Emory Transplant Center Awarded Grant to Improve Post-Transplant Regimens

By: Emory Transplant Center
Date: Jan 18, 2018

The National Institute of Health awarded Emory Transplant Center researchers $12.6 million over five years to investigate improved post-transplant drug regimens for organ transplant recipients.

The Emory Transplant Center research team is led by Professor of Surgery, Christian Larsen, MD, DPhil, and includes Mandy Ford, PhD, and Andrew Adams, MD, PhD. Leslie Kean, MD, PhD, from Seattle Children’s Hospital and the University of Washington is also part of the investigative team. The research is a continuation of Larsen’s previous work, undertaken with Emory Transplant Center Executive Director and Professor of Surgery, Thomas Pearson, MD, PhD, on costimulation blockers – drugs to prevent immune rejection of transplanted organs.

Past Emory Transplant Center Research

Together with Bristol-Myers Squibb, Larsen and Pearson developed a costimulation blocker called belatacept. It was shown in a multi-center clinical trial to improve graft survival and mortality rates in kidney transplant patients, in comparison with calcineurin inhibitors, the standard of care in the past. However, in these studies, acute rejection rates were higher with those receiving belatacept than with calcineurin inhibitors.

Improving Post-Transplant Drug Regimens

The team’s recent research has identified biomarkers on immune cells that may predict the likelihood of costimulation blocker-resistant graft rejection. The current project will examine these biomarkers’ predictive value in non-human primate models of organ transplant, in cooperation with Yerkes National Primate Research Center. The Emory Transplant Center research team will also investigate pathways for targeting immune cells that are resistant to costimulation blockers, as well as cellular therapies and strategies for preserving protective immunity against viruses in organ transplant recipients.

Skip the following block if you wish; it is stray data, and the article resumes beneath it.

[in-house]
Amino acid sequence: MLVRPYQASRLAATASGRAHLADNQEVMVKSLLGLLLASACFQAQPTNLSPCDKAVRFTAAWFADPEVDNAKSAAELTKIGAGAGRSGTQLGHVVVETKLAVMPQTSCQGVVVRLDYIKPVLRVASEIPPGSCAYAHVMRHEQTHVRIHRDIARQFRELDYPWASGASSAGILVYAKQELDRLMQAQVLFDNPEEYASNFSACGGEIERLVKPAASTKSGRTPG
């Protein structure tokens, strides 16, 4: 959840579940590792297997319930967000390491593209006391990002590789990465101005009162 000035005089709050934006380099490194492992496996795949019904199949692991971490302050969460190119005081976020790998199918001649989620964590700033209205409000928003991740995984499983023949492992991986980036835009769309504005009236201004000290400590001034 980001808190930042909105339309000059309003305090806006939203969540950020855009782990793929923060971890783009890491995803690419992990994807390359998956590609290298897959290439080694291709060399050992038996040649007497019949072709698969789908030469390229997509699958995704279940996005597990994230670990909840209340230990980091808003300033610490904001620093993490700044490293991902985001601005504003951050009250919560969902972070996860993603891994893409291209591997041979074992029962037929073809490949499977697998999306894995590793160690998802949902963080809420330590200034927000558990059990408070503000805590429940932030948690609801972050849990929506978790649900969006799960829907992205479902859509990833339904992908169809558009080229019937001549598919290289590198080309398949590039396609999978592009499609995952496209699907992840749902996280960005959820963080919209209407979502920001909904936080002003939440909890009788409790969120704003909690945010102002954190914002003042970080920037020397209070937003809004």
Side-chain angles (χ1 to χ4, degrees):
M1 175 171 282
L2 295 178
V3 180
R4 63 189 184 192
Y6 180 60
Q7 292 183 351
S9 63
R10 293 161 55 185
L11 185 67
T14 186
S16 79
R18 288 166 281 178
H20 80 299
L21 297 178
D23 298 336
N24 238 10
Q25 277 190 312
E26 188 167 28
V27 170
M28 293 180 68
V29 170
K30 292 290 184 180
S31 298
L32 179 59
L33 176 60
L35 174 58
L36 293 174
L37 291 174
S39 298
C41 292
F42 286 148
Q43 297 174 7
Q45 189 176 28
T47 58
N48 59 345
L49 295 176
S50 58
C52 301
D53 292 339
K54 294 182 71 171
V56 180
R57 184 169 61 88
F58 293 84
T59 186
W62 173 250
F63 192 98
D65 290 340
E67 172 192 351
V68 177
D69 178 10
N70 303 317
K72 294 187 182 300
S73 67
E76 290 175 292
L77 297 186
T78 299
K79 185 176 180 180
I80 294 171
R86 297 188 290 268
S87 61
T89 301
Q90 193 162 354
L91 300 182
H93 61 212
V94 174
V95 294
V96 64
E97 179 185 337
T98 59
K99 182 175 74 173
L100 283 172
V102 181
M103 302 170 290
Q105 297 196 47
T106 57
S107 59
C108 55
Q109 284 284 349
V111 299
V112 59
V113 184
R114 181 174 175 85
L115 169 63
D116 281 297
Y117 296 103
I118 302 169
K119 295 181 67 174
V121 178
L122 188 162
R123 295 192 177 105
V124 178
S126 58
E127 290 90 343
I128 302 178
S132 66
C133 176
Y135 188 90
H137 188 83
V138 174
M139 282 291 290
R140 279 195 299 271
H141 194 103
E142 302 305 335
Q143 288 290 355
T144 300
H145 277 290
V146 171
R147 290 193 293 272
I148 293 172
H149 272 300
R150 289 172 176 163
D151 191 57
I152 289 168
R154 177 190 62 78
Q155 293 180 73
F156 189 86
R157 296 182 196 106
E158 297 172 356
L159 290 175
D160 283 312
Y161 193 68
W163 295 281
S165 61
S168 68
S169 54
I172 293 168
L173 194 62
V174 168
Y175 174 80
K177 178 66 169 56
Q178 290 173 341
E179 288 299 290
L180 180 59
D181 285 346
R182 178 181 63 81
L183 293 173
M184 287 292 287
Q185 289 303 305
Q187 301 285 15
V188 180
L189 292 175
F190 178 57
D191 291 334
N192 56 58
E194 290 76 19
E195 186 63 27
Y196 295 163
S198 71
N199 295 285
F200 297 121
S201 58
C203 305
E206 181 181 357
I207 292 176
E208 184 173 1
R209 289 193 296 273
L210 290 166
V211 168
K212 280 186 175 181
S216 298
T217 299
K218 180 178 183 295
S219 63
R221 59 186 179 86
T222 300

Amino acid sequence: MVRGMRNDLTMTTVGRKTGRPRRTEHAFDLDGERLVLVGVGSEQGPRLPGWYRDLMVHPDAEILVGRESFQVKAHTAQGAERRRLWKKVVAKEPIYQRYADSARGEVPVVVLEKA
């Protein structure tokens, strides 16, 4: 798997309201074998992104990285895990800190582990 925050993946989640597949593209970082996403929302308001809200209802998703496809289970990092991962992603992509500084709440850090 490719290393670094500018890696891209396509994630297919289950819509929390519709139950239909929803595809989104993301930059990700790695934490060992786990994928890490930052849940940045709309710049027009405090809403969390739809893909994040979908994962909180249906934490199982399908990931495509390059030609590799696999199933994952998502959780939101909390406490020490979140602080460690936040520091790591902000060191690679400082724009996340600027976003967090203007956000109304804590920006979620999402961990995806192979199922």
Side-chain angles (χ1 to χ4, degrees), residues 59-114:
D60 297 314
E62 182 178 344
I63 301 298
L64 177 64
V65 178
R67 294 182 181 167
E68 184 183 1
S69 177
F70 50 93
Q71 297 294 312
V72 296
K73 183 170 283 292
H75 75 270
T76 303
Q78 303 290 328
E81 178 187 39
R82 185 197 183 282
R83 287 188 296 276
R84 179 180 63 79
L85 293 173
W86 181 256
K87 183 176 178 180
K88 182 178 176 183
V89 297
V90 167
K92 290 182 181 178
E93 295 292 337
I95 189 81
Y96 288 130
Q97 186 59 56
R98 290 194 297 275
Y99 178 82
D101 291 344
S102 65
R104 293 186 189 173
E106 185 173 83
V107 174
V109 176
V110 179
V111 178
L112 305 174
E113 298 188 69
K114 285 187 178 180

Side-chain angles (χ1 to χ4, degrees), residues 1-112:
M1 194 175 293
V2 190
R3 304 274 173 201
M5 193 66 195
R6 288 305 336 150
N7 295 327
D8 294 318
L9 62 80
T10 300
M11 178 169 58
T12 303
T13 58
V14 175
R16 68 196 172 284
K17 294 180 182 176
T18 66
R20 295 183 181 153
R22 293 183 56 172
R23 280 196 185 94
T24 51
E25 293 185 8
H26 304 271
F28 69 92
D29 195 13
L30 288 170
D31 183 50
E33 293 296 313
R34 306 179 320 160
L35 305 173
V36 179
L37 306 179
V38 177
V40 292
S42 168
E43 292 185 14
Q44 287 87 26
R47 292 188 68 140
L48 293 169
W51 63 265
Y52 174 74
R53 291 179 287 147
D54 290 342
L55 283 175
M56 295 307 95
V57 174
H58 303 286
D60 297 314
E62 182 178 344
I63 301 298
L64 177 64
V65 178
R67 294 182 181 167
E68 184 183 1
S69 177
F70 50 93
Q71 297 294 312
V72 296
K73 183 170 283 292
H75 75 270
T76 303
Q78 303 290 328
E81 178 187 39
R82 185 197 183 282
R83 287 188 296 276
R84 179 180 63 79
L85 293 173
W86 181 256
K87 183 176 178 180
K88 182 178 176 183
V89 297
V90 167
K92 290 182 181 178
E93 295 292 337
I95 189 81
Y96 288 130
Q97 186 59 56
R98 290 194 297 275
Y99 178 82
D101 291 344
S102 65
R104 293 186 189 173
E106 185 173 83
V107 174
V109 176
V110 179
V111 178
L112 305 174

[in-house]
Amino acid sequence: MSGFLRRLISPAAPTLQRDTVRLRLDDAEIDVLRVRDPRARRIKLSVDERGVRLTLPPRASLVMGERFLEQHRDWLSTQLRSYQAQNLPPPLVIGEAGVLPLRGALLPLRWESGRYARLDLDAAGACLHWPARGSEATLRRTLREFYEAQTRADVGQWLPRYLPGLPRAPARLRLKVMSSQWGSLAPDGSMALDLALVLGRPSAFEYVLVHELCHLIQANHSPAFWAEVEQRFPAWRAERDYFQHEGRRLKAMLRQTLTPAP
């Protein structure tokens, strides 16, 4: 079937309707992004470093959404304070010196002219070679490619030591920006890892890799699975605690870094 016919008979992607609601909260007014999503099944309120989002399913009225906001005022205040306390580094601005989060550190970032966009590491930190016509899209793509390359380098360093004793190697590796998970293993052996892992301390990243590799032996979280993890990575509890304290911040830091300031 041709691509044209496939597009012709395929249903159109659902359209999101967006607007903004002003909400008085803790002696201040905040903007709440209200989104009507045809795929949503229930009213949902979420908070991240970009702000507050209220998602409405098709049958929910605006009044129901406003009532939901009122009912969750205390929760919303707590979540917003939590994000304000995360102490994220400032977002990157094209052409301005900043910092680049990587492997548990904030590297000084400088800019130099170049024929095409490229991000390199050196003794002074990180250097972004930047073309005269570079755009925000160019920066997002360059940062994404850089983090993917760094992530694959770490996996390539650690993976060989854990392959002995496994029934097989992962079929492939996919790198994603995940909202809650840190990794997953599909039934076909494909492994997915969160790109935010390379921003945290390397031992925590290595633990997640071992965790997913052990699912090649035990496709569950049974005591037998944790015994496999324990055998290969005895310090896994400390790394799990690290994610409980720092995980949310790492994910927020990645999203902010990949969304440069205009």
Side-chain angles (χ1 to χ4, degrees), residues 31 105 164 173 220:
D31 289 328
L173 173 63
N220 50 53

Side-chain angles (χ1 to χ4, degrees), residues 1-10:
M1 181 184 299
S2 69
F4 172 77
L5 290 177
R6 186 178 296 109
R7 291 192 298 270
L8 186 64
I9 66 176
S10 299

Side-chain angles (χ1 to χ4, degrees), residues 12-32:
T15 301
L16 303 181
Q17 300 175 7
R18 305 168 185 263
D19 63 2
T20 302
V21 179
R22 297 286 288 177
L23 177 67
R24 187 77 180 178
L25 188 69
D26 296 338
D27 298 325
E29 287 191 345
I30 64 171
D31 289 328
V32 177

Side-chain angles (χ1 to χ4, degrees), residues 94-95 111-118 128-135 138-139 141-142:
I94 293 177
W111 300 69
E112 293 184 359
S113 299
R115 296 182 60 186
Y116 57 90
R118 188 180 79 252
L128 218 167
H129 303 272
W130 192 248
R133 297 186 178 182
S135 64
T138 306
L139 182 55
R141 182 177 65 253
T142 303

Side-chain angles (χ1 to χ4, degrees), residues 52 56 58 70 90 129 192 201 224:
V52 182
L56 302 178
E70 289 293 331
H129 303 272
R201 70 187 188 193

“This research is aimed at extending the benefits of costimulation blocker-based regimens to a larger group of transplant patients, and helping them to have longer, healthier lives,” Larsen says.

Emory Transplant Center

As one of the top 10 transplant centers in the nation, Emory Transplant Center is at the forefront of clinical excellence and pioneering new transplant therapies. The center offers cutting-edge technology and superior outcomes in heart, kidney, liver, lung, and pancreas transplant surgeries. Emory Transplant Center, a part of Emory Healthcare, has performed more than 8,000 transplants to date and all solid organ programs meet Transplant Centers of Excellence quality outcome criteria. The center’s core mission is to provide exceptional care for patients in need of organ transplants while offering access to the latest transplant technology.

To learn more about Emory Transplant Center, visit emoryhealthcare.org/transplant.


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